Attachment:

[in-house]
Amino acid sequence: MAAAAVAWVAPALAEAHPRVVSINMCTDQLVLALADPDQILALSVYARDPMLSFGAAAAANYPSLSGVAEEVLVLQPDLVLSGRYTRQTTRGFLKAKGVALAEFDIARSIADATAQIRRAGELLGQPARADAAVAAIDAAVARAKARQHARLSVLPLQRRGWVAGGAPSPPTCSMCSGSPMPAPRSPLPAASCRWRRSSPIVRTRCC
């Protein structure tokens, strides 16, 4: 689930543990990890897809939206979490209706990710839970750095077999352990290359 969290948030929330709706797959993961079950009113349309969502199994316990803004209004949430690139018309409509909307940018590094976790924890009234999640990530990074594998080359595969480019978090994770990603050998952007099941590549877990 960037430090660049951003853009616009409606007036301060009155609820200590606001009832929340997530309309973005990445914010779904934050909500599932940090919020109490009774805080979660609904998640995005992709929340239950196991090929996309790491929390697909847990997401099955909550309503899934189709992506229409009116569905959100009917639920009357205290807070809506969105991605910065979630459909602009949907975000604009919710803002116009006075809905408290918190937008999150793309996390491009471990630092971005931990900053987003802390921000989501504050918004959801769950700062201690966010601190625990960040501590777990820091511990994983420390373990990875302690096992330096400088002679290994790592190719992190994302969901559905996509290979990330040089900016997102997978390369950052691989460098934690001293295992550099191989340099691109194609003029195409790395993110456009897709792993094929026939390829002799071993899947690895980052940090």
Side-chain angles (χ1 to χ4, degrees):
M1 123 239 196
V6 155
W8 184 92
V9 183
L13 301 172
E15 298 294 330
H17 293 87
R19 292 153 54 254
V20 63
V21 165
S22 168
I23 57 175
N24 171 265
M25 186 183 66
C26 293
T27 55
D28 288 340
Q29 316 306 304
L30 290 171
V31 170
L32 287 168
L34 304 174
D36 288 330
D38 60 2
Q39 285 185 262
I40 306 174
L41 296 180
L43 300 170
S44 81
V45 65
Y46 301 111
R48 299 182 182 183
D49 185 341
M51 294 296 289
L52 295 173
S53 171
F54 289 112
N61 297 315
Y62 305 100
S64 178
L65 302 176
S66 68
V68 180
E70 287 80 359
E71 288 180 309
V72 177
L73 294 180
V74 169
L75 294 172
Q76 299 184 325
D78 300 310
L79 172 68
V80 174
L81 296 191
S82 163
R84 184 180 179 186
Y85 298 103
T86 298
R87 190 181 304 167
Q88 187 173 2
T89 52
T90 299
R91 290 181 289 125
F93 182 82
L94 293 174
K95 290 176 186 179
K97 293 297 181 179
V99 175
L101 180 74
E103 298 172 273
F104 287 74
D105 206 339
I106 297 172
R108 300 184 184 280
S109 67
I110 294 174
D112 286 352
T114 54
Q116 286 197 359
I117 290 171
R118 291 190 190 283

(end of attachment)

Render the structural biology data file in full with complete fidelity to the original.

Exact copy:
[in-house]
Amino acid sequence: MAAAAVAWVAPALAEAHPRVVSINMCTDQLVLALADPDQILALSVYARDPMLSFGAAAAANYPSLSGVAEEVLVLQPDLVLSGRYTRQTTRGFLKAKGVALAEFDIARSIADATAQIRRAGELLGQPARADAAVAAIDAAVARAKARQHARLSVLPLQRRGWVAGGAPSPPTCSMCSGSPMPAPRSPLPAASCRWRRSSPIVRTRCC
């Protein structure tokens, strides 16, 4: 689930543990990890897809939206979490209706990710839970750095077999352990290359 969290948030929330709706797959993961079950009113349309969502199994316990803004209004949430690139018309409509909307940018590094976790924890009234999640990530990074594998080359595969480019978090994770990603050998952007099941590549877990 960037430090660049951003853009616009409606007036301060009155609820200590606001009832929340997530309309973005990445914010779904934050909500599932940090919020109490009774805080979660609904998640995005992709929340239950196991090929996309790491929390697909847990997401099955909550309503899934189709992506229409009116569905959100009917639920009357205290807070809506969105991605910065979630459909602009949907975000604009919710803002116009006075809905408290918190937008999150793309996390491009471990630092971005931990900053987003802390921000989501504050918004959801769950700062201690966010601190625990960040501590777990820091511990994983420390373990990875302690096992330096400088002679290994790592190719992190994302969901559905996509290979990330040089900016997102997978390369950052691989460098934690001293295992550099191989340099691109194609003029195409790395993110456009897709792993094929026939390829002799071993899947690895980052940090």
Side-chain angles (χ1 to χ4, degrees):
M1 123 239 196
V6 155
W8 184 92
V9 183
L13 301 172
E15 298 294 330
H17 293 87
R19 292 153 54 254
V20 63
V21 165
S22 168
I23 57 175
N24 171 265
M25 186 183 66
C26 293
T27 55
D28 288 340
Q29 316 306 304
L30 290 171
V31 170
L32 287 168
L34 304 174
D36 288 330
D38 60 2
Q39 285 185 262
I40 306 174
L41 296 180
L43 300 170
S44 81
V45 65
Y46 301 111
R48 299 182 182 183
D49 185 341
M51 294 296 289
L52 295 173
S53 171
F54 289 112
N61 297 315
Y62 305 100
S64 178
L65 302 176
S66 68
V68 180
E70 287 80 359
E71 288 180 309
V72 177
L73 294 180
V74 169
L75 294 172
Q76 299 184 325
D78 300 310
L79 172 68
V80 174
L81 296 191
S82 163
R84 184 180 179 186
Y85 298 103
T86 298
R87 190 181 304 167
Q88 187 173 2
T89 52
T90 299
R91 290 181 289 125
F93 182 82
L94 293 174
K95 290 176 186 179
K97 293 297 181 179
V99 175
L101 180 74
E103 298 172 273
F104 287 74
D105 206 339
I106 297 172
R108 300 184 184 280
S109 67
I110 294 174
D112 286 352
T114 54
Q116 286 197 359
I117 290 171
R118 291 190 190 283